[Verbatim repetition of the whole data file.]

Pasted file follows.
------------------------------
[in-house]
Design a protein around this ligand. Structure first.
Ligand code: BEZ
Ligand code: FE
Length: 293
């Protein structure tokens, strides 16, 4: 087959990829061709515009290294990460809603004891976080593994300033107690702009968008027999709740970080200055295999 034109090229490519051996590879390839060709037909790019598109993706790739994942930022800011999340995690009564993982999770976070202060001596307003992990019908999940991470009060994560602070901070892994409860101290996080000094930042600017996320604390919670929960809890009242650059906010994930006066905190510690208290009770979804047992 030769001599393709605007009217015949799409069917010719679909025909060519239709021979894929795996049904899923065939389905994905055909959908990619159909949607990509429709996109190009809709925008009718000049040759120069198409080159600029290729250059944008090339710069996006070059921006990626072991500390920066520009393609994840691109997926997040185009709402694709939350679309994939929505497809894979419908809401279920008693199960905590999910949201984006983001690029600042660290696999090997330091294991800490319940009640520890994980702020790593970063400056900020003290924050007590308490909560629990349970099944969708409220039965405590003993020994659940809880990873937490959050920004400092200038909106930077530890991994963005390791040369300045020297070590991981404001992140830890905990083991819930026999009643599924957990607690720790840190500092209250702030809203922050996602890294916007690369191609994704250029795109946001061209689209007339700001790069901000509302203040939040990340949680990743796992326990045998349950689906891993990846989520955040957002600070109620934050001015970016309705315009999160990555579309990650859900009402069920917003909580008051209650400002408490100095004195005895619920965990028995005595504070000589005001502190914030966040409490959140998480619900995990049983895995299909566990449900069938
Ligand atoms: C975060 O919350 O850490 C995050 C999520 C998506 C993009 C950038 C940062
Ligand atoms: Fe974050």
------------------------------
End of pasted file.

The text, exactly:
[in-house]
Design a protein around this ligand. Structure first.
Ligand code: BEZ
Ligand code: FE
Length: 293
């Protein structure tokens, strides 16, 4: 087959990829061709515009290294990460809603004891976080593994300033107690702009968008027999709740970080200055295999 034109090229490519051996590879390839060709037909790019598109993706790739994942930022800011999340995690009564993982999770976070202060001596307003992990019908999940991470009060994560602070901070892994409860101290996080000094930042600017996320604390919670929960809890009242650059906010994930006066905190510690208290009770979804047992 030769001599393709605007009217015949799409069917010719679909025909060519239709021979894929795996049904899923065939389905994905055909959908990619159909949607990509429709996109190009809709925008009718000049040759120069198409080159600029290729250059944008090339710069996006070059921006990626072991500390920066520009393609994840691109997926997040185009709402694709939350679309994939929505497809894979419908809401279920008693199960905590999910949201984006983001690029600042660290696999090997330091294991800490319940009640520890994980702020790593970063400056900020003290924050007590308490909560629990349970099944969708409220039965405590003993020994659940809880990873937490959050920004400092200038909106930077530890991994963005390791040369300045020297070590991981404001992140830890905990083991819930026999009643599924957990607690720790840190500092209250702030809203922050996602890294916007690369191609994704250029795109946001061209689209007339700001790069901000509302203040939040990340949680990743796992326990045998349950689906891993990846989520955040957002600070109620934050001015970016309705315009999160990555579309990650859900009402069920917003909580008051209650400002408490100095004195005895619920965990028995005595504070000589005001502190914030966040409490959140998480619900995990049983895995299909566990449900069938
Ligand atoms: C975060 O919350 O850490 C995050 C999520 C998506 C993009 C950038 C940062
Ligand atoms: Fe974050």